Science vs. religion
In the 17th century, Galileo dared to say that the earth revolved around the sun and was not the center of the universe. The Catholic Church accused him of heresy and he spent the rest of his life under house arrest after he was tortured and forced to recant. In the 18th century, following the Galileo affair and years of conflict between the church and scientists, for the first time, discussions started to emerge regarding the relationship between science and religion in Europe, in which “the conflict thesis” was proposed. This thesis affirmed that there is an inherent conflict between religion and science.
In early Islamic history, science and religion were congruent and religious leaders rarely objected to scientific findings. Most of the pioneers in physics, mathematics and astronomy in the Golden Age of the Islamic Empire were also religious scholars. Nowadays, we hear about Muslim scientists being prosecuted or becoming targets of ignorant threats from some members of their communities because their findings seem to contradict some religious leaders’ opinions. It seems like our history is truly unique because our renaissance and enlightenment preceded the dark ages in which we live in, and now we need a resurrection from the dead to rise again.
Religion constitutes and dominates a big part of our lives and we are as Muslims comforted when we justify our actions through its teachings. Therefore, when Muslim scholars present a new theory or concept, they usually reconcile it with Islam. However, if years of rejection and persecution persist against them, a “conflict thesis” could emerge in order for our nation to develop and this is not how we want our enlightenment to start.
It is especially sad when Muslim scholars are attacked for merely attempting to reconcile proven scientific theories with Islamic teachings, which at first seemed contradictory to Islamic beliefs. A prominent example of this is the many scholars and scientists including Dr. Abd Al-Sabour Shaheen who were persecuted for not finding a contradiction between evolution and creationism. On the contrary, they combined the two theories supported by evidence from the Qur’an, which affirmed God’s existence and demonstrated his supremacy through contemplating his creations.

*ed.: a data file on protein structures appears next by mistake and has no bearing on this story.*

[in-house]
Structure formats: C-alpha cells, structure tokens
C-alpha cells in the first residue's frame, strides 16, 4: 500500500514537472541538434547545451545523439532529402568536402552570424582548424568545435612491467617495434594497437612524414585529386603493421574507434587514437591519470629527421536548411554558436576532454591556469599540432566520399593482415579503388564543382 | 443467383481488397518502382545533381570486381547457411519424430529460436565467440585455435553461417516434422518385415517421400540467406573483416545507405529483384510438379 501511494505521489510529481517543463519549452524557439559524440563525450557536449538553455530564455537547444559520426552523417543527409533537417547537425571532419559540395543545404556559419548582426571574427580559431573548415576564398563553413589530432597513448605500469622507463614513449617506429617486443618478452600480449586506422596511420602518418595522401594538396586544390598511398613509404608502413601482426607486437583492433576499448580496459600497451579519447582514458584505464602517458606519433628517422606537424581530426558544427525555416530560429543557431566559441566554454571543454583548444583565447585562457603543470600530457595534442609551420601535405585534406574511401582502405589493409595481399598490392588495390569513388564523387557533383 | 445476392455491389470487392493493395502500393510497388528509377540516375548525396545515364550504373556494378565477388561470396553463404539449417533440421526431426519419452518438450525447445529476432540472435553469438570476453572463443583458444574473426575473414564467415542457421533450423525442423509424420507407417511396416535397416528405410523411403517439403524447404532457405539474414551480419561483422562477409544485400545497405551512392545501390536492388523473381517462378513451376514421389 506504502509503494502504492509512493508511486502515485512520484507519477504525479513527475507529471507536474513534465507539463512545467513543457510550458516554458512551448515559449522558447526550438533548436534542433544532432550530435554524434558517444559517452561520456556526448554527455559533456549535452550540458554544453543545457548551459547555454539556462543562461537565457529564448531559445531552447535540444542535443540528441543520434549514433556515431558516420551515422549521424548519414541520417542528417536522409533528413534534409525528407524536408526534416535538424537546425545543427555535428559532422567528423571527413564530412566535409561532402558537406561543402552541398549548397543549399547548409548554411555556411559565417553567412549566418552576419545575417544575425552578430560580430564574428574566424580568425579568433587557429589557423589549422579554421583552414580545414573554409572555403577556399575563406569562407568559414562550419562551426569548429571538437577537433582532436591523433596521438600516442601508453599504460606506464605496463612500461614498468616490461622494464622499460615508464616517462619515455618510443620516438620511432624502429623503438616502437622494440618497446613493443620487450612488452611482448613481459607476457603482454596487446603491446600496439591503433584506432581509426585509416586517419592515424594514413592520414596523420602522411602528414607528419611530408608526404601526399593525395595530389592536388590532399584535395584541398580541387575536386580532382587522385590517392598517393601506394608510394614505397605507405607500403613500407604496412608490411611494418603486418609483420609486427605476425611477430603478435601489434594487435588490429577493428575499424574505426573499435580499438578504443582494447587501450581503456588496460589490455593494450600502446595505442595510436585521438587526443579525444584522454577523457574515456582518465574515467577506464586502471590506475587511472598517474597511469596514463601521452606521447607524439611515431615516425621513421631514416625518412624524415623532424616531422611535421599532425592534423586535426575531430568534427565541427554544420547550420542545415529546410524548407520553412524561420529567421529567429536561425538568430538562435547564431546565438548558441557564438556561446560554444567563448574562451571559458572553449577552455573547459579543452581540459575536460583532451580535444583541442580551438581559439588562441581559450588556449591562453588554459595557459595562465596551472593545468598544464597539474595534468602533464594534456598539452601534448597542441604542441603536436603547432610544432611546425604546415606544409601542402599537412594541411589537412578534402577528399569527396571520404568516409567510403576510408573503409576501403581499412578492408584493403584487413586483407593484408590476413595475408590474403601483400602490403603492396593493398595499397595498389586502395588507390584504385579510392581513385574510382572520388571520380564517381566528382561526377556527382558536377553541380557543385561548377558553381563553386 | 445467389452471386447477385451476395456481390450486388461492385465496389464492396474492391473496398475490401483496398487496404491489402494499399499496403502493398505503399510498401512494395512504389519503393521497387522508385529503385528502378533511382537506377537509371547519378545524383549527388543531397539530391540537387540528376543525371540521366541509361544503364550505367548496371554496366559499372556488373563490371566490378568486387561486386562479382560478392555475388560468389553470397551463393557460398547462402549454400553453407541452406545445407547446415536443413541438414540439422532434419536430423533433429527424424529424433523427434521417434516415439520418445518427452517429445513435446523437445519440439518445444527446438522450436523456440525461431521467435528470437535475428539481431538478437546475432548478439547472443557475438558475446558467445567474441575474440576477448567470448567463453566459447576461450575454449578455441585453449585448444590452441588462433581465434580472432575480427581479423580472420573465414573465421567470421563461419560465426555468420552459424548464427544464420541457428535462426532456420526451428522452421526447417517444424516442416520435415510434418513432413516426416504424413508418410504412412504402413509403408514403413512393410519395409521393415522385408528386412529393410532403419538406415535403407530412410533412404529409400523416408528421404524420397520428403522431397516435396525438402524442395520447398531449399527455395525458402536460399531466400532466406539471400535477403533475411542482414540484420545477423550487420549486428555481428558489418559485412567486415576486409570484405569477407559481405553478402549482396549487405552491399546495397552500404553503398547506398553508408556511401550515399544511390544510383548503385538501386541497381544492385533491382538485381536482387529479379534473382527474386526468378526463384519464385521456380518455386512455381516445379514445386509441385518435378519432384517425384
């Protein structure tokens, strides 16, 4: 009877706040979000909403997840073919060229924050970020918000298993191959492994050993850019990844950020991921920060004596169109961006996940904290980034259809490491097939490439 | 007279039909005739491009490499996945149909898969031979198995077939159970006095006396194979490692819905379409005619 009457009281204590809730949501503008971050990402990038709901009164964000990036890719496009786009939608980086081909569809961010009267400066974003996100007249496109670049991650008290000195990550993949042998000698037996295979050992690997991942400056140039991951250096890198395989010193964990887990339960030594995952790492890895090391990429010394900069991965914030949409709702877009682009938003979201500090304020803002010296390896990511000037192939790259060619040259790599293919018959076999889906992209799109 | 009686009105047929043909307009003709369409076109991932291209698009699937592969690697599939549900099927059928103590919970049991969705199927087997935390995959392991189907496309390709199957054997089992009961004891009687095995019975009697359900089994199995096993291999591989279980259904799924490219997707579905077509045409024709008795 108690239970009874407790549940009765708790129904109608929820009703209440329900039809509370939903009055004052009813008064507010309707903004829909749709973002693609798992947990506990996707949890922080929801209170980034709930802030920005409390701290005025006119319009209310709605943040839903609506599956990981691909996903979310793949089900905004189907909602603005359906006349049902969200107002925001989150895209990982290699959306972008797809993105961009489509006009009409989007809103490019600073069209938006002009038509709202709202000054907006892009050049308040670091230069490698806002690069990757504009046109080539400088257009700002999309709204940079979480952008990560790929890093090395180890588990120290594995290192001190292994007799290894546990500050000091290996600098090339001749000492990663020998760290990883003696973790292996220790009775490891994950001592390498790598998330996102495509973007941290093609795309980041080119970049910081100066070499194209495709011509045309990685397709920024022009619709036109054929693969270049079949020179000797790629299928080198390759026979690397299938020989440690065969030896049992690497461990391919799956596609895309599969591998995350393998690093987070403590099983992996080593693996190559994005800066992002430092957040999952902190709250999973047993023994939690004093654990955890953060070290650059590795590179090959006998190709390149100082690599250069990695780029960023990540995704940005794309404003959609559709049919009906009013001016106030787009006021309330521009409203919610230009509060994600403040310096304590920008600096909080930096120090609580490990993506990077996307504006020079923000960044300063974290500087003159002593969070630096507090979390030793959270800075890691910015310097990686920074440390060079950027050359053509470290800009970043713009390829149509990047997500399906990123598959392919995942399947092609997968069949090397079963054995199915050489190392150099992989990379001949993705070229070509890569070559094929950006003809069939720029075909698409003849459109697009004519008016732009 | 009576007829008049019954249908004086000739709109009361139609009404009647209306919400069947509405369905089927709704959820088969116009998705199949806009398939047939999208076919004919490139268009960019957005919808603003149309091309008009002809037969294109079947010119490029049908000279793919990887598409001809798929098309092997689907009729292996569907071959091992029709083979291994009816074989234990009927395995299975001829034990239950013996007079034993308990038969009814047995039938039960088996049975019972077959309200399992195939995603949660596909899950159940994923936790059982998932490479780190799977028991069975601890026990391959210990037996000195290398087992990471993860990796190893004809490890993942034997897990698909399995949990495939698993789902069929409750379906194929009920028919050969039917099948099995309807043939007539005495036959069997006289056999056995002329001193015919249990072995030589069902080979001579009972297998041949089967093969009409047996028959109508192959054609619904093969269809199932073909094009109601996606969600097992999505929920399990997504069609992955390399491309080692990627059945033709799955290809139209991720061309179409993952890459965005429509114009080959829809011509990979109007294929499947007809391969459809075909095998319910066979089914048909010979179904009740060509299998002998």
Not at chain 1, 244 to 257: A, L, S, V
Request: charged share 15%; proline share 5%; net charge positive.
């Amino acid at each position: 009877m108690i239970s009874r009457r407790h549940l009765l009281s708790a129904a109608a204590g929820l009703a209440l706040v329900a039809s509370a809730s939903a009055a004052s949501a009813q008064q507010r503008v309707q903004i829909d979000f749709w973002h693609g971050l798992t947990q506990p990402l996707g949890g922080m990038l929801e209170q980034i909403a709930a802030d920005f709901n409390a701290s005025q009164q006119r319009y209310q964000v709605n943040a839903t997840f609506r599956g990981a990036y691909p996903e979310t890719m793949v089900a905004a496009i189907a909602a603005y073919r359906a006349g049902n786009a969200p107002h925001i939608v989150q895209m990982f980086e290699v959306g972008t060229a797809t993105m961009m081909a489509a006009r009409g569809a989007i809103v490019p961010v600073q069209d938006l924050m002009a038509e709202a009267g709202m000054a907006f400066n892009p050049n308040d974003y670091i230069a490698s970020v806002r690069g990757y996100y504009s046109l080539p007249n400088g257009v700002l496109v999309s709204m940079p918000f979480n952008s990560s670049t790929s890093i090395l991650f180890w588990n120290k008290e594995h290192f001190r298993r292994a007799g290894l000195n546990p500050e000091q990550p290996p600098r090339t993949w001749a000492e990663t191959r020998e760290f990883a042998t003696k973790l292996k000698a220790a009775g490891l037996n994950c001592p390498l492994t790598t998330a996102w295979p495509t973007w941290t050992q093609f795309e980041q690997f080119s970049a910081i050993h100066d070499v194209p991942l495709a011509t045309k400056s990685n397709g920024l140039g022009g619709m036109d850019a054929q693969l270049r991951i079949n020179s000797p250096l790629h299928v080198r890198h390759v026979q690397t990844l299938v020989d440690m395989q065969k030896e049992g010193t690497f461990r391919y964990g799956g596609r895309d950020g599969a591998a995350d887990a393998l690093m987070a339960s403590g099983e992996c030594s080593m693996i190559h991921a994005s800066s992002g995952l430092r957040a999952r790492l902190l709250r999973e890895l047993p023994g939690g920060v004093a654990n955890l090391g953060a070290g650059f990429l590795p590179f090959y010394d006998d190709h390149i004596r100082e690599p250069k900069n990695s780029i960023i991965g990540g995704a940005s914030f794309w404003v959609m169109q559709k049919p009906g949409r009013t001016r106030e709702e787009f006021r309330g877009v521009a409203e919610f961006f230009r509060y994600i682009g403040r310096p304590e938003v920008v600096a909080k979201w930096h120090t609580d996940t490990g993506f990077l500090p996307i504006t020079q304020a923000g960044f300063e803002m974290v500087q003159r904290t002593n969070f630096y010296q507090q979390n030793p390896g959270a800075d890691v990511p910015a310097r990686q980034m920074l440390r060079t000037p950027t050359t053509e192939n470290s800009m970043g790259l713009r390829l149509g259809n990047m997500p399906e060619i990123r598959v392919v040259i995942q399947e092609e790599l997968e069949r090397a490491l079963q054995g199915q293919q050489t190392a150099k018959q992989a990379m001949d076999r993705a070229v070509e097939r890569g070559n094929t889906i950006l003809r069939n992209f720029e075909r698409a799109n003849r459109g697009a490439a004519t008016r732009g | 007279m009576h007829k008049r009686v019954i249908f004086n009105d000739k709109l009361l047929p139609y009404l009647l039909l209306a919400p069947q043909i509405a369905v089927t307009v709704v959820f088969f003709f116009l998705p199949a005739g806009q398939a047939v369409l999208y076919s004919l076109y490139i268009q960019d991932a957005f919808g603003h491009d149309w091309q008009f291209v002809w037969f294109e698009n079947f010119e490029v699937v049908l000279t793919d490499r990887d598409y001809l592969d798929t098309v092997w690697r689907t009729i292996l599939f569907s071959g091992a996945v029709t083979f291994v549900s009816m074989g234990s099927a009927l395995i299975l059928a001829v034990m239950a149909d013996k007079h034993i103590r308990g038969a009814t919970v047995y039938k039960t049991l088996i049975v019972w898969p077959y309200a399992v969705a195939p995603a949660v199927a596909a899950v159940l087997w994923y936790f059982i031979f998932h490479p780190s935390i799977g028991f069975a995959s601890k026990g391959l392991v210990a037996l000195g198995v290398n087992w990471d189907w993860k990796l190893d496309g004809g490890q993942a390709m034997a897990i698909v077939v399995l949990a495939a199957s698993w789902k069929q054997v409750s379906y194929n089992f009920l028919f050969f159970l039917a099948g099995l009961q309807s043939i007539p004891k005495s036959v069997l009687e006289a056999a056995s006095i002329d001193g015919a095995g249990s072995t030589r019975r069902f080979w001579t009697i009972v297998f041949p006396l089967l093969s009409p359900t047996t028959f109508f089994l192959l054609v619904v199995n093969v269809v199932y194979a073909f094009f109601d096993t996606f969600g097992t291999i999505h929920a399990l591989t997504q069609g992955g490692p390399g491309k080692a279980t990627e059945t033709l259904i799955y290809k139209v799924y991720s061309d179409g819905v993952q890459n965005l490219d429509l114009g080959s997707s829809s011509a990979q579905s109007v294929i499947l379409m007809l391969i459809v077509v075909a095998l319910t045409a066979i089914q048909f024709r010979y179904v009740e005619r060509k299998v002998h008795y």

Throughout history, civilizations have either been dominated by religion, in which scientists have been attacked for any seeming contradiction to common religious teachings, or have been dominated by non-religious ideologies, which depended on denying religion and stigmatizing or even punishing those who practiced their religious traditions. It is essential, however, to have a balance between religion and science to develop and flourish on a social and individual level. As our Muslim predecessors realized, in Islam, religion and knowledge, in general, complement each other and are never in conflict. In the Qur’an, the word “yatafakkaroon”, which means to reflect, ponder, or contemplate, is mentioned 13 times. It comes most of the time in verses that describe the cycle of life and descriptions of natural phenomena.
This type of reflecting and contemplating does not only occur by looking at nature, but also through asking questions and finding answers to God’s miracle in his creation through seeking knowledge. The following verse indicates the importance of knowledge, in which the last part is frequently quoted: “Do you not see that Allah sends down rain from the sky, and We produce thereby fruits of varying colors? And in the mountains are tracts, white and red of varying shades and [some] extremely black. And among people and moving creatures and grazing livestock are various colors similarly. Only those fear Allah, from among His servants, who have knowledge. Indeed, Allah is Exalted in Might and Forgiving” (35:28-29).
The importance of the first part is that it explains the context of knowledge, which was assumed sometimes as the sole study of the Qur’an. However, some interpretations include true knowledge of God, which is gained through God as well as contemplating his creations. In other words, those who are trying to reconcile Islamic teachings with the creation of the universe are just trying to do that and in the worst case, they may be wrong in their findings, but at least they have attempted to do something good and should not be called heretics for that.
In the 11 century, Ibn Al-Haytham, who is known in the West as Alhazen, was well known for his scientific methods and was even renowned as the “world’s first true scientist”. He was also an Islamic scholar as most of the scientists during that time were. It is a shame that some in the Muslim world, which gave birth to the “first scientist”, would deny proven theories of science and persecute those who try to defend even though they do not deny the existence of God or cause harm to anyone. On the contrary, these scholars try to use science to get closer to God and make people truly reflect on God’s precise and ingenious plan in creating the universe. Islam should not be monopolized by an elite who dictate homogeneity and attack anyone who opposes their views in order for science and religion to be reconciled again as they have always been in Islam.
By Nawar Fakhry Ezzi, published in Saudi Gazette, May 8th 2014.